Monday, September 18, 2000

The Success Coach

Questions may uncover employee's enthusiasm

By Michael A. Crom
Gannett News Service

        Question: I was a young adult in the '60s so I can appreciate someone being mellow. But Trevor, a new employee in my department, takes mellowness to such an extreme that it is affecting the team's morale.

        I manage the tax accounting department for a large international company. We have very seasoned professionals. Trevor's credentials are good for someone in his mid-20s, but people complain about him being too laid-back.

        I know he is bright and cares about his work, but he doesn't project that to the rest of the team. He gets his work done, but there just doesn't seem to be any spark in him. How can I make him project enthusiasm?

        Answer: The first thing you have to do is decide whether you have a performance issue or a generational culture gap. You say he gets his work done, he cares about doing good work and he knows his job. Sounds like a pretty good employee to me.

        Of course, even if he's doing his work, there could be problems with his mellowness. Is the team spending time complaining about Trevor when they should be discussing work issues? Is he in danger of being passed over for promotions or better assignments because people feel he's not “high-energy?” Does Trevor care about that?

        I would sit down with Trevor on two occasions for very different conversations:

        1. Conduct an “inner-view.” While most employers do a good job at assessing their recruits' skills and talents in an interview, we often leave it there and forget we are hiring the complete person. You need to get inside Trevor's head to see what motivates him.

        Ask questions such as:

        • Where do you see yourself in five years?

        • What is your favorite pastime?

        • If you won the lottery, what would you do with your life?

        • What was your favorite college course?

        • Why did you go into accounting?

        You get the idea. You're trying to discover what will ignite the spark in Trevor's heart while possibly gaining some insight into why he is so mellow.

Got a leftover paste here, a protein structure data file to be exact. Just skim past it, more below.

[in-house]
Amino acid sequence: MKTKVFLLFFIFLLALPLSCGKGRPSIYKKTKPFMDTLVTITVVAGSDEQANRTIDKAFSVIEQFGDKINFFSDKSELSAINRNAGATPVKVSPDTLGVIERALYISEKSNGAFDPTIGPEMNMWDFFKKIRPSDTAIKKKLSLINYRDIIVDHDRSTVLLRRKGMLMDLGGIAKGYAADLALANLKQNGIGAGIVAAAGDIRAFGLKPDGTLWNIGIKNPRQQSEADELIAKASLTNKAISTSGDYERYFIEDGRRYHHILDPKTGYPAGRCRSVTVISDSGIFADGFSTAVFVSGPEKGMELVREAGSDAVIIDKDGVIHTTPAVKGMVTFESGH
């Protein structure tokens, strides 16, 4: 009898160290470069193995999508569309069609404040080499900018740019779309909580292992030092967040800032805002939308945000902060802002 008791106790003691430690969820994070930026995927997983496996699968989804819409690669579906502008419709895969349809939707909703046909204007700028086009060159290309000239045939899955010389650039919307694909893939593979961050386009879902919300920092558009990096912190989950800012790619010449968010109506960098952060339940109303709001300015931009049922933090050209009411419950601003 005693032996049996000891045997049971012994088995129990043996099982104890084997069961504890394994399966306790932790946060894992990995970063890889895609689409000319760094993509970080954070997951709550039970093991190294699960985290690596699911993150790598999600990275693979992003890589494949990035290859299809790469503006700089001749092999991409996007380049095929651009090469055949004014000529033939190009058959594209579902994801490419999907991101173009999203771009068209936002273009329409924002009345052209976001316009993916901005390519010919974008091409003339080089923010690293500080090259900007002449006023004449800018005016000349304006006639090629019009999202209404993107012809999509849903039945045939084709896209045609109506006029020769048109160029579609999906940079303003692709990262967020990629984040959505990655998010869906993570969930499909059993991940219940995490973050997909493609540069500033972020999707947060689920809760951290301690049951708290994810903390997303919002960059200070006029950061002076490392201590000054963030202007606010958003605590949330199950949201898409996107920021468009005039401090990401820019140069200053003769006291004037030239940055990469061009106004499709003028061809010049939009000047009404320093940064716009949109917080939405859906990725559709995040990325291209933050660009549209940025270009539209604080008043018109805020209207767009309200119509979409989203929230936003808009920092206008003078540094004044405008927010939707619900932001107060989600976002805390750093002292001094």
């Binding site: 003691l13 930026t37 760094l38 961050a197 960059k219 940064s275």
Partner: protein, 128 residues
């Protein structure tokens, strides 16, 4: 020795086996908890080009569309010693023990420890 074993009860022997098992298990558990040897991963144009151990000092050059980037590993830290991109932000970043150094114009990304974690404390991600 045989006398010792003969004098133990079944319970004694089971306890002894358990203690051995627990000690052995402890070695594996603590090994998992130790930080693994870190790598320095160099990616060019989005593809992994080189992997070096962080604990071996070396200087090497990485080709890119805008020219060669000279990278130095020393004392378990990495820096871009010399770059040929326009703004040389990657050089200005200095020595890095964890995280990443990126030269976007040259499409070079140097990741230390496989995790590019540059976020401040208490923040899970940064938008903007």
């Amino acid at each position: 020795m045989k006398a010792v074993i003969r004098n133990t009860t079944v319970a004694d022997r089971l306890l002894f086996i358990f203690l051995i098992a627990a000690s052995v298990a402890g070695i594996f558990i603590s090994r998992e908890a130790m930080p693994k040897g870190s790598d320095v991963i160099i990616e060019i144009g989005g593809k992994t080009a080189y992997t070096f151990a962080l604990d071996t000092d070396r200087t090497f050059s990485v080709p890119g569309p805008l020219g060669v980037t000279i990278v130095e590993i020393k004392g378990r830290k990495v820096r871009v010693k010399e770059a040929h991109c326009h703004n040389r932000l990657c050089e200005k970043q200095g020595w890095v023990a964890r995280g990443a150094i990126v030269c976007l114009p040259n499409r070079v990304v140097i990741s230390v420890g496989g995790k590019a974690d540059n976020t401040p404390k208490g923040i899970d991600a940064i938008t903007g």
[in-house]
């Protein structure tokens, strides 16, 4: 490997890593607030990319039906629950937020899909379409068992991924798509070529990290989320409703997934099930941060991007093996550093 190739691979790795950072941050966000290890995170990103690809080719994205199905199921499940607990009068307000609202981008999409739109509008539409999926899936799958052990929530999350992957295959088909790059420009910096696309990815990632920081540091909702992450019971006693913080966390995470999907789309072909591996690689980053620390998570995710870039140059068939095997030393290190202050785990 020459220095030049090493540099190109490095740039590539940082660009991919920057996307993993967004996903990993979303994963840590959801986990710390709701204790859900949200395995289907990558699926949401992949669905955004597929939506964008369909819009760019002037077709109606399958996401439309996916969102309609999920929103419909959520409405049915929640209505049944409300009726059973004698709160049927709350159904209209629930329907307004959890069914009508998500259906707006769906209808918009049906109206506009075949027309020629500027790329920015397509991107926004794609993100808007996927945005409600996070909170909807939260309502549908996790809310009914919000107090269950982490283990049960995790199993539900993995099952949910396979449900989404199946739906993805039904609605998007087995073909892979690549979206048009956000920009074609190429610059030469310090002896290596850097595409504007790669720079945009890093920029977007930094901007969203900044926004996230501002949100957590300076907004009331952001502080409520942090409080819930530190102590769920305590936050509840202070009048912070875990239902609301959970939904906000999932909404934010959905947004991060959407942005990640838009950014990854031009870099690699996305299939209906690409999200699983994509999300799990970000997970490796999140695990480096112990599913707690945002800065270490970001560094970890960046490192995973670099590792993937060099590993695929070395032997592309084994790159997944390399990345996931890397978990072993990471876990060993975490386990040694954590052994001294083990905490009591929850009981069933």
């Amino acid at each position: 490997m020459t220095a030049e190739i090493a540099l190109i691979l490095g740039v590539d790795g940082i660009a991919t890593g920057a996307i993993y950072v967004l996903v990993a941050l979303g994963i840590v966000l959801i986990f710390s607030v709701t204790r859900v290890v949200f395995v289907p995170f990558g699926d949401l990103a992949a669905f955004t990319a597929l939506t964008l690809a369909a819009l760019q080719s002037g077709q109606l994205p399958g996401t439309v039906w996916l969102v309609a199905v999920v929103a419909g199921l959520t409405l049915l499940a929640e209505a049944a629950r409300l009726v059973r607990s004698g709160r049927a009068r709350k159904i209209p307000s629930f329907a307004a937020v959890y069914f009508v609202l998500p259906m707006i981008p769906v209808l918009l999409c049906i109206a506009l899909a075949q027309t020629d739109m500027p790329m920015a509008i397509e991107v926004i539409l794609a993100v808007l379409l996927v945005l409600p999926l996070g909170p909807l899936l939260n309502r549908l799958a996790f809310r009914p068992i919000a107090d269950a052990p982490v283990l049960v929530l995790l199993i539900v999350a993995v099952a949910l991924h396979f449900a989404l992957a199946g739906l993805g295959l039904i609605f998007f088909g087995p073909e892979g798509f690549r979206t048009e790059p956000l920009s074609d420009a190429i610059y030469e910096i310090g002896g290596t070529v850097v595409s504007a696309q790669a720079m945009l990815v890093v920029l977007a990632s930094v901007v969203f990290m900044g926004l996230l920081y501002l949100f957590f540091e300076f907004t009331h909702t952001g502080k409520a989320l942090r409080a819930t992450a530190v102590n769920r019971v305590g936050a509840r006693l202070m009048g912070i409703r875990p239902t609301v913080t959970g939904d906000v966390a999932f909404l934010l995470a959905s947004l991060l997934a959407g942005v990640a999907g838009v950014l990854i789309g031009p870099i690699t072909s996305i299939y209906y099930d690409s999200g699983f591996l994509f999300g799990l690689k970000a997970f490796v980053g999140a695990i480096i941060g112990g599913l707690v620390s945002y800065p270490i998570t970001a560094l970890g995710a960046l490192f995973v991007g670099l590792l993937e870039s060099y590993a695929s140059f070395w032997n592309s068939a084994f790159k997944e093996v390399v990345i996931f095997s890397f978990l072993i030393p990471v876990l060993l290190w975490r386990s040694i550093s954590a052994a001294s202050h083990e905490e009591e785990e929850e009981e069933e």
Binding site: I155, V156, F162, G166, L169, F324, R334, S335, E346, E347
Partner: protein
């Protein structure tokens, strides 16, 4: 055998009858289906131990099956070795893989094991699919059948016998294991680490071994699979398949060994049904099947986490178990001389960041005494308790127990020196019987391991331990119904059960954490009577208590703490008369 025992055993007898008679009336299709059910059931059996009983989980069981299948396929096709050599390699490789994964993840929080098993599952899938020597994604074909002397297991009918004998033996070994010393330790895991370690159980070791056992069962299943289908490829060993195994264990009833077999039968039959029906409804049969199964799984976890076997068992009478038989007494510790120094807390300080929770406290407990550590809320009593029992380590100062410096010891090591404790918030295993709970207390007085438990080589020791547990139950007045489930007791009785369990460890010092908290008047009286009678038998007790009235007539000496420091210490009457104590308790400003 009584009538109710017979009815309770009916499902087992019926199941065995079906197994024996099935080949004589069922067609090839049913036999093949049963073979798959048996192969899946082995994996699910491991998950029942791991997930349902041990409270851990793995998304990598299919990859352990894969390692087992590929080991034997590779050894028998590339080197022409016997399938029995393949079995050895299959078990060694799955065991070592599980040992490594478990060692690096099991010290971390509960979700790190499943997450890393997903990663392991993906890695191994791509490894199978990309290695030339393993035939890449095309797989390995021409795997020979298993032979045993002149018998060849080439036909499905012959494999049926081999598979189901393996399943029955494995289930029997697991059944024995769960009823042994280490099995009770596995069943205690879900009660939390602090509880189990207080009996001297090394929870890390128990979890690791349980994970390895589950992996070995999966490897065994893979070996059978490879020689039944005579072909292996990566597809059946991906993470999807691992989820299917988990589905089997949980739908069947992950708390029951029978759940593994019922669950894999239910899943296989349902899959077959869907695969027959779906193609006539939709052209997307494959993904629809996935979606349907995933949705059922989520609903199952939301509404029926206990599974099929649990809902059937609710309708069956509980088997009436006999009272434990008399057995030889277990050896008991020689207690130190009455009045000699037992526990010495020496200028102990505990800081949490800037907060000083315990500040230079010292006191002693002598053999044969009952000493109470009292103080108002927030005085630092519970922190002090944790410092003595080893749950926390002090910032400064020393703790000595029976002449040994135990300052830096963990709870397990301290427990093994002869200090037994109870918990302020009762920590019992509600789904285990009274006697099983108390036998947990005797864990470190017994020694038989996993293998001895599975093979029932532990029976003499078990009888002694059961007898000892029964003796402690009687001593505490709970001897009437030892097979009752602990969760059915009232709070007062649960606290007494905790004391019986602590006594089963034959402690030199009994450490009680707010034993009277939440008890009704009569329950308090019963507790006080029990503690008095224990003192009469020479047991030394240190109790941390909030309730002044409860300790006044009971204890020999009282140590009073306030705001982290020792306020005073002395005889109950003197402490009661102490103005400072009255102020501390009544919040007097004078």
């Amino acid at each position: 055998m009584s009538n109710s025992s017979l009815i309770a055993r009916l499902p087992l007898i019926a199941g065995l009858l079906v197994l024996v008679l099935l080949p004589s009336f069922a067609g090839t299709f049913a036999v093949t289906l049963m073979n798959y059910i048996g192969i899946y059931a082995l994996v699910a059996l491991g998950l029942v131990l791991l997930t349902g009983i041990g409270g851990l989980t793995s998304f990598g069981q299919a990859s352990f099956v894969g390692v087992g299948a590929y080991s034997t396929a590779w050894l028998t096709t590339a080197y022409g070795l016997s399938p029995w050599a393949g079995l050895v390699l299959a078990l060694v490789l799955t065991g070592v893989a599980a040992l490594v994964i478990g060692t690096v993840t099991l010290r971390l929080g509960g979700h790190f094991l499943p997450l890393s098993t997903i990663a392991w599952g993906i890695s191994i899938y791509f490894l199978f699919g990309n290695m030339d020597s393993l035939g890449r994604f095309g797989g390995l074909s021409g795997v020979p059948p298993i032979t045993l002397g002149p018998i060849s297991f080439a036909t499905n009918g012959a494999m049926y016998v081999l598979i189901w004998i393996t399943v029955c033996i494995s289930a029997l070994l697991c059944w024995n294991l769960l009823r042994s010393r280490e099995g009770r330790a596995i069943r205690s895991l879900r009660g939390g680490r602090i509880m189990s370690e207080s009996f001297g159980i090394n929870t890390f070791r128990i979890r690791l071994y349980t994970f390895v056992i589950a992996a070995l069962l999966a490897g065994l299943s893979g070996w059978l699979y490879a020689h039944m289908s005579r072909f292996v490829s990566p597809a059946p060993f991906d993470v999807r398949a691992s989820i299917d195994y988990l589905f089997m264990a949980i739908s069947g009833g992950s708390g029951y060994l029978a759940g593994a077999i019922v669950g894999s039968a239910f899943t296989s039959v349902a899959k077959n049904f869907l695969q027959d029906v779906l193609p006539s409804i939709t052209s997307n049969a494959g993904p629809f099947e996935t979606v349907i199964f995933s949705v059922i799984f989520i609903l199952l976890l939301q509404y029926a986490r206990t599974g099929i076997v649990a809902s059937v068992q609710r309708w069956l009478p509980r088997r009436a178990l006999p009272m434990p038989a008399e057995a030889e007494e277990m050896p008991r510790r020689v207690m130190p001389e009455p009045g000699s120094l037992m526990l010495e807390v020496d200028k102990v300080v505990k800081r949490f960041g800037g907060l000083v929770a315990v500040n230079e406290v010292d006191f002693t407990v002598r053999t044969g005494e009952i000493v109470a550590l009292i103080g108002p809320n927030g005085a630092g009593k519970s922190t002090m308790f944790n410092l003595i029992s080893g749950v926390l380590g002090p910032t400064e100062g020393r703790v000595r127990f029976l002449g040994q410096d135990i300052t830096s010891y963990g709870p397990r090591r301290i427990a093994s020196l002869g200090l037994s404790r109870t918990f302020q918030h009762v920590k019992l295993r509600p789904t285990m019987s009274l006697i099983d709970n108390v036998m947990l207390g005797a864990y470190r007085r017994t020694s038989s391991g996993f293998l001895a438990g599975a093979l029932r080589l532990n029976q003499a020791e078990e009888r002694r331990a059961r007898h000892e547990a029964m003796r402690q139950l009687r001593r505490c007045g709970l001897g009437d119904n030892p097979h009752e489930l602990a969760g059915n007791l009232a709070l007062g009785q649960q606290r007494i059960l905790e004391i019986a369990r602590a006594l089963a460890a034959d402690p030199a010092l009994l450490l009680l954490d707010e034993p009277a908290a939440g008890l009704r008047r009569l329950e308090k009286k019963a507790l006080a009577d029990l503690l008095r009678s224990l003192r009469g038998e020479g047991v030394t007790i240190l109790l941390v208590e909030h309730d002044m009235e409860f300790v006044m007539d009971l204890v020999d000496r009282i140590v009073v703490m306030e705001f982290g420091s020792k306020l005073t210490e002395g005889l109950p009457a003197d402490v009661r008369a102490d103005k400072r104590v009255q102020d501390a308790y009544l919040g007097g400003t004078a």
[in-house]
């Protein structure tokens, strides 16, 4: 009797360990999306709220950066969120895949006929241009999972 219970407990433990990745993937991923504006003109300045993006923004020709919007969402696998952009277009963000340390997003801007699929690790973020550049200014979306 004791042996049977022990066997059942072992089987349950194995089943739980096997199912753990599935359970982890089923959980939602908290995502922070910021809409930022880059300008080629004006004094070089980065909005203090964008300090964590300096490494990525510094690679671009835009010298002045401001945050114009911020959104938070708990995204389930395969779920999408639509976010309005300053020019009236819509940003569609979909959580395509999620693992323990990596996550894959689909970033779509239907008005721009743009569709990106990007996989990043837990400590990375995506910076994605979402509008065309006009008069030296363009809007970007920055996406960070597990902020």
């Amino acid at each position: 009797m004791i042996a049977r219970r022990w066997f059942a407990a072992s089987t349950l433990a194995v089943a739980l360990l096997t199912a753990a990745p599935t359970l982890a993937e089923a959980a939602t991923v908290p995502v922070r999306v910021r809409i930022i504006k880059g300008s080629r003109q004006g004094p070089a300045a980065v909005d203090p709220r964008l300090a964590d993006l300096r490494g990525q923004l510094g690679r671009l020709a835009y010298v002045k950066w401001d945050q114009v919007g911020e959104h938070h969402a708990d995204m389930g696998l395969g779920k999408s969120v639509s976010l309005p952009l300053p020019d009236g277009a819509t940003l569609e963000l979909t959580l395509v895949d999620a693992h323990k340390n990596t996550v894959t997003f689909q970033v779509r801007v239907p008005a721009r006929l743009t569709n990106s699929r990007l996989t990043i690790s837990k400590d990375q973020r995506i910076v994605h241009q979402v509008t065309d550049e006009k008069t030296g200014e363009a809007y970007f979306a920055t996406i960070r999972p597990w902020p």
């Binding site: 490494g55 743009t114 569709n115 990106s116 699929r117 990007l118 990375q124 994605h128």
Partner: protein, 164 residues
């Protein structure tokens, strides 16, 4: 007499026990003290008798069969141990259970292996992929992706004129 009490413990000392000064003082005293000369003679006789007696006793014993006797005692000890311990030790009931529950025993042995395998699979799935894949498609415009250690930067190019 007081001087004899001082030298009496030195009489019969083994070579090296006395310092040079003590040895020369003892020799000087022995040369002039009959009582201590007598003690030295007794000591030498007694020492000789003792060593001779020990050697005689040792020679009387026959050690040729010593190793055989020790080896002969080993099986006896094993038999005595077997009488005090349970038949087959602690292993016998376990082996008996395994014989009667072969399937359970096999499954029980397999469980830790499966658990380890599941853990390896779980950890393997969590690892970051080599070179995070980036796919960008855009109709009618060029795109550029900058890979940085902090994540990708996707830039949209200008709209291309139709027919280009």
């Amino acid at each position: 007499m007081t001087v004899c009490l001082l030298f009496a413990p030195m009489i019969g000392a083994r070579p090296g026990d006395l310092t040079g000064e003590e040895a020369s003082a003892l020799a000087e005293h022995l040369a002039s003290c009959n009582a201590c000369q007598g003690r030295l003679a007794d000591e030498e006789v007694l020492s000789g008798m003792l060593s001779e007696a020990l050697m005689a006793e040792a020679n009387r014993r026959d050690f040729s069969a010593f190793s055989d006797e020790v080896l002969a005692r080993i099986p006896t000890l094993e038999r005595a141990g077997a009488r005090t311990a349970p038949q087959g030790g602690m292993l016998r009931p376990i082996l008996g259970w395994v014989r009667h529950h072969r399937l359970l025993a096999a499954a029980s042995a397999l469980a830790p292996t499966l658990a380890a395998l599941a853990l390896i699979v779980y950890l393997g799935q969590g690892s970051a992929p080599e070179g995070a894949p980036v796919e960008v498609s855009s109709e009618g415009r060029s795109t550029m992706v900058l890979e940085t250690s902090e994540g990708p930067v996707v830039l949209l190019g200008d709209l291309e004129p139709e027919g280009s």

I once did this with an employee who was downright boring; Fred never showed any excitement about anything, even though he was pursuing a doctorate in geography and had two beautiful children.

        I found out that when Fred was 10 years old, he was taken away from his mentally ill mother and raised in a series of foster homes. He was scared to show too much emotion because he equated emotionalism with mental illness.

        Following that, I could see the signs of his enthusiasm — the picture on his desk, the slight smile, etc. I just needed to see the world through his eyes.

        2. Explain company politics. Every company has politics, and Trevor may not know that he's being cast in a bad light in the political arena.

        Explain to him how he's perceived and what it might mean for his future. Emphasize that he doesn't have to change his personality to keep his job, but that he might find work more fulfilling and his co-workers more friendly if he made a few cosmetic changes in his persona.

        Remember that if he doesn't want to change, you can't make him.

        With the information gained from these conversations, you then can help your department run smoother. You can find projects that enthuse Trevor and you can communicate to the team how important Trevor's role is. At the same time, Trevor will have accountability for his actions.



Words of wisdom from a marketing maven
Change will change things
Job means more than a paycheck
Focus on the big picture
Worker's comp seminars offered
Promotions & new on the job
- The Success Coach
No myth: It's tough to keep workers